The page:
Type I interferon autoantibodies are associated with systemic immune alterations in patients with COVID-19

UCSF COMET consortium, Monique G.P. van der Wijst, Sara E. Vazquez, George C. Hartoularos, Paul Bastard, Tianna Grant, Raymund Bueno, David S. Lee, John R. Greenland, Yang Sun, Richard Perez, Anton Ogorodnikov, Alyssa Ward, Sabrina A. Mann, Kara L. Lynch, Cassandra Yun, Diane V. Havlir, Gabriel Chamie, Carina Marquez, Bryan GreenhouseMichail S. Lionakis, Philip J. Norris, Larry J. Dumont, Kathleen Kelly, Peng Zhang, Qian Zhang, Adrian Gervais, Tom Le Voyer, Alexander Whatley, Yichen Si, Ashley Byrne, Alexis J. Combes, Arjun Arkal Rao, Yun S. Song, Gabriela K. Fragiadakis, Kirsten Kangelaris, Carolyn S. Calfee, David J. Erle, Carolyn Hendrickson, Matthew F. Krummel, Prescott G. Woodruff, Charles R. Langelier, Jean Laurent Casanova, Joseph L. Derisi, Mark S. Anderson, Chun Jimmie Ye

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    Neutralizing autoantibodies against type I interferons (IFNs) have been found in some patients with critical coronavirus disease 2019 (COVID-19), the disease caused by severe acute respiratory syndrome coronavirus 2 (SARSCoV-2). However, the prevalence of these antibodies, their longitudinal dynamics across the disease severity scale, and their functional effects on circulating leukocytes remain unknown. Here, in 284 patients with COVID-19, we found type I IFN–specific autoantibodies in peripheral blood samples from 19% of patients with critical disease and 6% of patients with severe disease. We found no type I IFN autoantibodies in individuals with moderate disease. Longitudinal profiling of over 600,000 peripheral blood mononuclear cells using multiplexed single-cell epitope and transcriptome sequencing from 54 patients with COVID-19 and 26 non–COVID-19 controls revealed a lack of type I IFN–stimulated gene (ISG-I) responses in myeloid cells from patients with critical disease. This was especially evident in dendritic cell populations isolated from patients with critical disease producing type I IFN–specific autoantibodies. Moreover, we found elevated expression of the inhibitory receptor leukocyte-associated immunoglobulin-like receptor 1 (LAIR1) on the surface of monocytes isolated from patients with critical disease early in the disease course. LAIR1 expression is inversely correlated with ISG-I expression response in patients with COVID-19 but is not expressed in healthy controls. The deficient ISG-I response observed in patients with critical COVID-19 with and without type I IFN–specific autoantibodies supports a unifying model for disease pathogenesis involving ISG-I suppression through convergent mechanisms.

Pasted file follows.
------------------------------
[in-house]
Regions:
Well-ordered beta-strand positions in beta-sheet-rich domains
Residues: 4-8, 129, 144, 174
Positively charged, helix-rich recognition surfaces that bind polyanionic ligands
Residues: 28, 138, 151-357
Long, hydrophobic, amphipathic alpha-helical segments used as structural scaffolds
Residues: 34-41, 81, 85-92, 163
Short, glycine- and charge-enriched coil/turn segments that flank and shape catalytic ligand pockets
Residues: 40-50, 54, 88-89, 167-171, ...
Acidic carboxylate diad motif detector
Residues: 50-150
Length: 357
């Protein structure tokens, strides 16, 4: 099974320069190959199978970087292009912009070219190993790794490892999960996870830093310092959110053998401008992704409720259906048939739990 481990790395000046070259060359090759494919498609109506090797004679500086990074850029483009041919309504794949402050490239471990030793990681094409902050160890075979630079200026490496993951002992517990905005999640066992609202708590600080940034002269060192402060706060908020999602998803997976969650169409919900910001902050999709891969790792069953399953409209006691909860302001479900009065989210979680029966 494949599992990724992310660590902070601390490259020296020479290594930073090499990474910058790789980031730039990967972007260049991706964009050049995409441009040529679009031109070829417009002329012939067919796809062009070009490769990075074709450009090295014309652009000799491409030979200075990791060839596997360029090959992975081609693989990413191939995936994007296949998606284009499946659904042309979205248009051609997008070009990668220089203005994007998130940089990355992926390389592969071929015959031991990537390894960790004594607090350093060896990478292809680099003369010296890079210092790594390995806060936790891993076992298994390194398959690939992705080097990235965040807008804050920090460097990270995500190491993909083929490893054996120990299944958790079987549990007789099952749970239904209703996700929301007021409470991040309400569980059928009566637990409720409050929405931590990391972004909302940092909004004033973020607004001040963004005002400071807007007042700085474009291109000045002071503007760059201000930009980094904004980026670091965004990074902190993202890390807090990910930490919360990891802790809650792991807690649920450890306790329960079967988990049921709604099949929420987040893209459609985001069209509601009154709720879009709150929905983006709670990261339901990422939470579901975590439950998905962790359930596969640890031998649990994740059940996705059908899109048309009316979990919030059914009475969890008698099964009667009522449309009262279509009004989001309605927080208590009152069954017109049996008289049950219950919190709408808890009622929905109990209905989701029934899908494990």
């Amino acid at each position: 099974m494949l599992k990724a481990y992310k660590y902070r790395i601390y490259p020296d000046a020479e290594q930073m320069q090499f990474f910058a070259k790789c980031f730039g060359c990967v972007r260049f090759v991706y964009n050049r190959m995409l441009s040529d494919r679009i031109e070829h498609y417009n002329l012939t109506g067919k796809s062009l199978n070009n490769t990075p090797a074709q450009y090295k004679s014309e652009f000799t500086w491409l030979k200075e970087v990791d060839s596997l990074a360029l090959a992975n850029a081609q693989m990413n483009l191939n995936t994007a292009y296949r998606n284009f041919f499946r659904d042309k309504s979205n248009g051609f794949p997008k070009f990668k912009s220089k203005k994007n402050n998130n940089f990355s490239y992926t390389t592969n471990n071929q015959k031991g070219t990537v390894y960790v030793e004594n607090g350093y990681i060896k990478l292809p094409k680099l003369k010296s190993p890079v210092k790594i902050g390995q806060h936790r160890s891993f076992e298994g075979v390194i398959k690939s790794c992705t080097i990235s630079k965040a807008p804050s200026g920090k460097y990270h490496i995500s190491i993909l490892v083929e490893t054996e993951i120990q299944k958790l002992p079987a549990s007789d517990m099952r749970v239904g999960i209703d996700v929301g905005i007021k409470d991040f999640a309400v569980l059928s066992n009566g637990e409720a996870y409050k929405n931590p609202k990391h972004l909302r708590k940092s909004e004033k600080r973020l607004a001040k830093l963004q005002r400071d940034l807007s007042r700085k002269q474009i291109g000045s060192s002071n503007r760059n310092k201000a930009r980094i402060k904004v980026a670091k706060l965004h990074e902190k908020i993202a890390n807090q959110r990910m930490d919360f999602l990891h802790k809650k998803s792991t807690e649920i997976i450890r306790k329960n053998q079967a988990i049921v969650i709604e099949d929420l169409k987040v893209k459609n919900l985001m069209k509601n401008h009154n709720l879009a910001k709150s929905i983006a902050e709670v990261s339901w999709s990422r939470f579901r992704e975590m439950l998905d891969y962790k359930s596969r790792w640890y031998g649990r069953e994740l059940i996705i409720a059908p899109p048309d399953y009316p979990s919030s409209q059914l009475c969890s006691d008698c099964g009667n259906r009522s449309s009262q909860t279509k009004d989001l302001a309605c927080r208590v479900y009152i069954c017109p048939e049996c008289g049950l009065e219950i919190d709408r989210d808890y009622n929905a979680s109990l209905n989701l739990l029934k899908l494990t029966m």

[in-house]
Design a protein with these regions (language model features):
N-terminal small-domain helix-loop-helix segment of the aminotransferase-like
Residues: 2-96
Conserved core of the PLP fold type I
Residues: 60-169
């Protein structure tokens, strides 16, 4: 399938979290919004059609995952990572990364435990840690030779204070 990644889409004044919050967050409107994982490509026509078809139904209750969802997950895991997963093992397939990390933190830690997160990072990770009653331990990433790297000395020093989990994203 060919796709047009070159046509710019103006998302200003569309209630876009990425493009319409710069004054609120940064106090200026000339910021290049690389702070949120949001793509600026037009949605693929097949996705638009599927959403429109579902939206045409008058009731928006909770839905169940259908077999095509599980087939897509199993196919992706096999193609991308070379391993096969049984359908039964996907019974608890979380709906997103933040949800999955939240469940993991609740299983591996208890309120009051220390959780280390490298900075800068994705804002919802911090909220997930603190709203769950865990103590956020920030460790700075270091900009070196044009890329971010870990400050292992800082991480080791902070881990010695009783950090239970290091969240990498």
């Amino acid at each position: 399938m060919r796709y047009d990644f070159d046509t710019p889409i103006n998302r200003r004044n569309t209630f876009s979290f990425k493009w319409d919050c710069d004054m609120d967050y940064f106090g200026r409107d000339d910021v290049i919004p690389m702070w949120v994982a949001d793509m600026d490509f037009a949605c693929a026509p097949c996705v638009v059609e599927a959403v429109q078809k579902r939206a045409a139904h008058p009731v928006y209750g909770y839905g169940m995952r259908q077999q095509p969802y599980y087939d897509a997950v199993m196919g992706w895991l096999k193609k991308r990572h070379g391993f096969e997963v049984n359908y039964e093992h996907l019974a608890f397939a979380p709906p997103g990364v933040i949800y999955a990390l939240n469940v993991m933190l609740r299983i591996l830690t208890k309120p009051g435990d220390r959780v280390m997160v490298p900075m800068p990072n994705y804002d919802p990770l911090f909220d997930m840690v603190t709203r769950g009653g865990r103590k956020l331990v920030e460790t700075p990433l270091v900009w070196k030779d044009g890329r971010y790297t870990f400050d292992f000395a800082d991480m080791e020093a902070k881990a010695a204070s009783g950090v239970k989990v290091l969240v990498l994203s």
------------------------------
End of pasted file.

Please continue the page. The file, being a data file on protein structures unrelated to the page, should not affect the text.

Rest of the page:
Originele taal-2English
    Aantal pagina's18
    TijdschriftScience Translational Medicine
    Nummer van het tijdschrift612
    StatusPublished - 22-sep-2021

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